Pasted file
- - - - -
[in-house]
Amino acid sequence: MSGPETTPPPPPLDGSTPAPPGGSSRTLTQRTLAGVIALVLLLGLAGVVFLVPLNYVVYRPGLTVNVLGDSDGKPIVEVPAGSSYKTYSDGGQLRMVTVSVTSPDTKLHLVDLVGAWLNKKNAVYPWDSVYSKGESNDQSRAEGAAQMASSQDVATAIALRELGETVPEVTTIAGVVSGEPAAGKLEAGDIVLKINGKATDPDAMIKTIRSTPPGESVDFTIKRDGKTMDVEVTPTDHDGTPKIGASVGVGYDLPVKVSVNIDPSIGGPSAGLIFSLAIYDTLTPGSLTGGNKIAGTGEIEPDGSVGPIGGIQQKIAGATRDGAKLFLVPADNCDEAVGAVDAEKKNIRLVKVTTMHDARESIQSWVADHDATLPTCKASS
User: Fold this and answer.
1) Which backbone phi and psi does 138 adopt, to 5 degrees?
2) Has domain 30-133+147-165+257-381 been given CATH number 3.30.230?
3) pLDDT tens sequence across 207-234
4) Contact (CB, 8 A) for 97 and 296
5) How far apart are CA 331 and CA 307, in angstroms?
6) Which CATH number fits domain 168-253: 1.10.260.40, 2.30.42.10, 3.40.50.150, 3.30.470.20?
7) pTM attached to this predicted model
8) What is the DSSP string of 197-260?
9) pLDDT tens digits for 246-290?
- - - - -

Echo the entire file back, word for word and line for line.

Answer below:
[in-house]
Amino acid sequence: MSGPETTPPPPPLDGSTPAPPGGSSRTLTQRTLAGVIALVLLLGLAGVVFLVPLNYVVYRPGLTVNVLGDSDGKPIVEVPAGSSYKTYSDGGQLRMVTVSVTSPDTKLHLVDLVGAWLNKKNAVYPWDSVYSKGESNDQSRAEGAAQMASSQDVATAIALRELGETVPEVTTIAGVVSGEPAAGKLEAGDIVLKINGKATDPDAMIKTIRSTPPGESVDFTIKRDGKTMDVEVTPTDHDGTPKIGASVGVGYDLPVKVSVNIDPSIGGPSAGLIFSLAIYDTLTPGSLTGGNKIAGTGEIEPDGSVGPIGGIQQKIAGATRDGAKLFLVPADNCDEAVGAVDAEKKNIRLVKVTTMHDARESIQSWVADHDATLPTCKASS
User: Fold this and answer.
1) Which backbone phi and psi does 138 adopt, to 5 degrees?
2) Has domain 30-133+147-165+257-381 been given CATH number 3.30.230?
3) pLDDT tens sequence across 207-234
4) Contact (CB, 8 A) for 97 and 296
5) How far apart are CA 331 and CA 307, in angstroms?
6) Which CATH number fits domain 168-253: 1.10.260.40, 2.30.42.10, 3.40.50.150, 3.30.470.20?
7) pTM attached to this predicted model
8) What is the DSSP string of 197-260?
9) pLDDT tens digits for 246-290?